May 23, 2008
There’s a growing consensus that too many people are walking around with bachelor’s degrees, but is the problem with degree inflation that most people are just too dumb for college? Charles Murray seems to think so:
The fourth-grader who has trouble sounding out simple words and his classmate who is reading A Tale of Two Cities for fun sit in the same classroom day after miserable day, the one so frustrated by tasks he cannot do and the other so bored that both are near tears. […] There is much more to be said about these harms (and I have said it, in a book that will appear in a few months). For now, it is enough to recognize that educational romanticism asks too much from students at the bottom of the intellectual pile, asks the wrong things from those in the middle, and asks too little from those at the top.
So does Ross Douthat:
. . . we ought to become vastly more flexible in our understanding of what constitutes an ideal post-high school education, and what our high schools should be preparing their students for – which means more vocational education, more shop class as soulcraft, and fewer attempts to pretend that everyone can read Hamlet, or score above the national average on the Math SAT.
This question used to be framed as the choice between Socrates dissatisfied or a fool satisfied. In the context of the higher education debate, it sounds more like this: Does everyone need a liberal arts education, or are a loving family and honest work enough for most people? Is critical thinking about big questions properly understood as a pastime of the elite?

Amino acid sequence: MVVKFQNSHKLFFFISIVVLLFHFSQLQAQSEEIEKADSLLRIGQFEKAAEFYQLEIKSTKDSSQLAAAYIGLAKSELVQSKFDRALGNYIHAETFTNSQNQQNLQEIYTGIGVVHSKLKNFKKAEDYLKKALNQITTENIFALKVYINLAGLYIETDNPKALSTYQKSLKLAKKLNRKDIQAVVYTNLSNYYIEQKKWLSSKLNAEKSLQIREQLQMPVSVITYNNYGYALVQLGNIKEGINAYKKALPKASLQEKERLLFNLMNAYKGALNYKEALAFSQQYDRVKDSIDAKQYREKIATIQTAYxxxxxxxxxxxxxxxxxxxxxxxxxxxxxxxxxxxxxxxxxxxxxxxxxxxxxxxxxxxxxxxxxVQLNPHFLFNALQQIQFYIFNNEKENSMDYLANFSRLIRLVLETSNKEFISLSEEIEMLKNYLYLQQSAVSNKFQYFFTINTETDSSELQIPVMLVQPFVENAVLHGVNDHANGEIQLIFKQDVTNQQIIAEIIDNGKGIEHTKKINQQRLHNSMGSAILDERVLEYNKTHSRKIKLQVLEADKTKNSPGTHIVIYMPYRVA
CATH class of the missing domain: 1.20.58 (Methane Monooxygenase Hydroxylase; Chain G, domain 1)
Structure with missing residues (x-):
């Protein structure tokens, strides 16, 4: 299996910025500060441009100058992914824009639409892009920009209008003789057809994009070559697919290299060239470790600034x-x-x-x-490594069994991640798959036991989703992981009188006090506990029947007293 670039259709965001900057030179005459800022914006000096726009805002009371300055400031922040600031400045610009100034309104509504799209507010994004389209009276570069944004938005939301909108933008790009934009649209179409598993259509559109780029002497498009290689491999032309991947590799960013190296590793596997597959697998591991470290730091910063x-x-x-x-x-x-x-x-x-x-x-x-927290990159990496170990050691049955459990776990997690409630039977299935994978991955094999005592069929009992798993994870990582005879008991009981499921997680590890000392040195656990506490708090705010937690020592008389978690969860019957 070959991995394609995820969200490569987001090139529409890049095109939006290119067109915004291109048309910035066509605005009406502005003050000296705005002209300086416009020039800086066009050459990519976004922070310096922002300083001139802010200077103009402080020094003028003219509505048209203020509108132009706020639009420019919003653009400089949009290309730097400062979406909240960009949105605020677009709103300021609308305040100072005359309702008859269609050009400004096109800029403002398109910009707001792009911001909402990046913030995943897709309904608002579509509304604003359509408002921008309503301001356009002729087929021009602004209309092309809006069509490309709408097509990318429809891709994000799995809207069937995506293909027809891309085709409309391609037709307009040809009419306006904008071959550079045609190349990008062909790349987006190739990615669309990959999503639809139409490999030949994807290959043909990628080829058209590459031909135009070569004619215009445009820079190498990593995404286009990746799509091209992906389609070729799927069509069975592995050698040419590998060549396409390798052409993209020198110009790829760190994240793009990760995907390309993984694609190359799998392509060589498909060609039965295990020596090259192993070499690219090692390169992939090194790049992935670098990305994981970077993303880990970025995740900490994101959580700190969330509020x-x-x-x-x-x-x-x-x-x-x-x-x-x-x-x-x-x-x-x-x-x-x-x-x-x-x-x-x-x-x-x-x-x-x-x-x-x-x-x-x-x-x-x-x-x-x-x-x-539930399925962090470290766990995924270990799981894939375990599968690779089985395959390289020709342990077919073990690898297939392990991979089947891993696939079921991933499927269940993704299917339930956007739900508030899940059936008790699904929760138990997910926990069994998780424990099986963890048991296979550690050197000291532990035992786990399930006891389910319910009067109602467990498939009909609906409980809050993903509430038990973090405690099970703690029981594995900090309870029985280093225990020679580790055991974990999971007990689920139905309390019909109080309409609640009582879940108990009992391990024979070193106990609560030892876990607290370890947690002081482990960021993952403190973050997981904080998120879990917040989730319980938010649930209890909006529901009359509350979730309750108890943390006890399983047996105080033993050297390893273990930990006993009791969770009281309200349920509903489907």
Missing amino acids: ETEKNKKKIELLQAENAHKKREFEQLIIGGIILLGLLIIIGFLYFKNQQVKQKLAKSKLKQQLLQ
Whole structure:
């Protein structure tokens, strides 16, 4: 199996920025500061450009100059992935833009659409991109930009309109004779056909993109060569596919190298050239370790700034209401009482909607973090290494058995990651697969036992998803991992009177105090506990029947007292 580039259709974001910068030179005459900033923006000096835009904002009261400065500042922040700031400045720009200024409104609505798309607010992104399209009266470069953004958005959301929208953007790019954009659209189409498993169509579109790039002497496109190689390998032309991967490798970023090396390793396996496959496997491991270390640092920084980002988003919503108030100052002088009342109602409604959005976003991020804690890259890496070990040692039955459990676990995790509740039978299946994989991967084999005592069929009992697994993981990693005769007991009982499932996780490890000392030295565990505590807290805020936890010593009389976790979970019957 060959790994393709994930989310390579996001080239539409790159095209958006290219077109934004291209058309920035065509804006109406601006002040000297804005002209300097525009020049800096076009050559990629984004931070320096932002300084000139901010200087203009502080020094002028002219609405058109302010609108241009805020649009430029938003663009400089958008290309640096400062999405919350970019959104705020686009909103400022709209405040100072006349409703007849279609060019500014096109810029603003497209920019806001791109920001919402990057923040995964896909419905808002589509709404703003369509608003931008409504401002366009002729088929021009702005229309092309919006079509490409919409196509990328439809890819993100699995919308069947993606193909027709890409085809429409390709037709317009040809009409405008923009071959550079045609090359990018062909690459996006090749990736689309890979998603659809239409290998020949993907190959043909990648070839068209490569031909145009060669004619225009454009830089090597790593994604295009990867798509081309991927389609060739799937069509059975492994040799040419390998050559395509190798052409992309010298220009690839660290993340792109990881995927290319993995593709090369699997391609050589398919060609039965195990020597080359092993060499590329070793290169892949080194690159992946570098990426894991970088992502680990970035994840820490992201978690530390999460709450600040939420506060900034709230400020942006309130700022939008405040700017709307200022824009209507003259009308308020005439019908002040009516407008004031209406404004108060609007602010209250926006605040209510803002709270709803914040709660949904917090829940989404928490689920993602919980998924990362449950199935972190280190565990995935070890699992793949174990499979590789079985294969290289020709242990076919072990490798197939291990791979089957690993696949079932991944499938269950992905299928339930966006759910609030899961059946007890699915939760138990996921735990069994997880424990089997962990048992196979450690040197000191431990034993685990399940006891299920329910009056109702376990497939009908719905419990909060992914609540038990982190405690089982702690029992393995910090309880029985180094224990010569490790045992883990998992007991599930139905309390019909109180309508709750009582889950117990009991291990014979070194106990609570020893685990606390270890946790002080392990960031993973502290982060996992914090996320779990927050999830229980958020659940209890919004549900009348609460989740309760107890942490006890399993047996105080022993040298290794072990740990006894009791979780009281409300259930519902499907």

On these questions, Murray and Douthat have picked the wrong misconception to attack. The modern mistake isn’t in thinking that every man needs some way to exercise his intellect; every man does, whether he reads Dickens for pleasure or not. The real error is in thinking that a liberal arts education is the only way to cultivate a philosophical mind. When the anonymous author of “In the Basement of the Ivory Tower” complains that his students don’t understand that “[r]eading literature at the college level is a route to spacious thinking, to an acquaintance with certain profound ideas,” can he be sure that it’s the “acquaintance with profound ideas” that they disdain and not just his favored path to it?
Some forms of low art don’t have any intellectual content, but there’s a lot of middle ground between dance music on one hand and Shakespeare on the other. A man who has an opinion about Humphrey Bogart has given serious thought to existentialism, even if he didn’t know to call it that. You don’t have to deconstruct James Bond and Indiana Jones to see that, if both of them are “heroes,” heroism has to be something complicated. If you have a working knowledge of “cheatin’ songs,” you’ve confronted the power of the flesh over good sense, the perversely noble stoicism of the sacrifices that adulterous couples make, and the way that infidelity destabilizes a marriage in ways that the guilty party could never have foreseen. A lifetime with George Jones is as educational as four years with Wittgenstein.
Speaking as someone whose undergraduate years are not far behind her, my guess is that the real problem with demanding a B.A. of every white collar worker isn’t that it makes the intellectual demands of economic advancement too high, but that it forces too many people to undergo something that is more of a middle- and upper-class rite of passage than a real education. Still, even if higher education did exactly what it said on the tin, it would still be condescending for liberals to think that everyone is meant for the college track, and it would still be a mistake for conservatives like Murray and Douthat to imply that “not meant for college” and “too dumb to think philosophically” are synonymous.
Daily updates with TM’s latest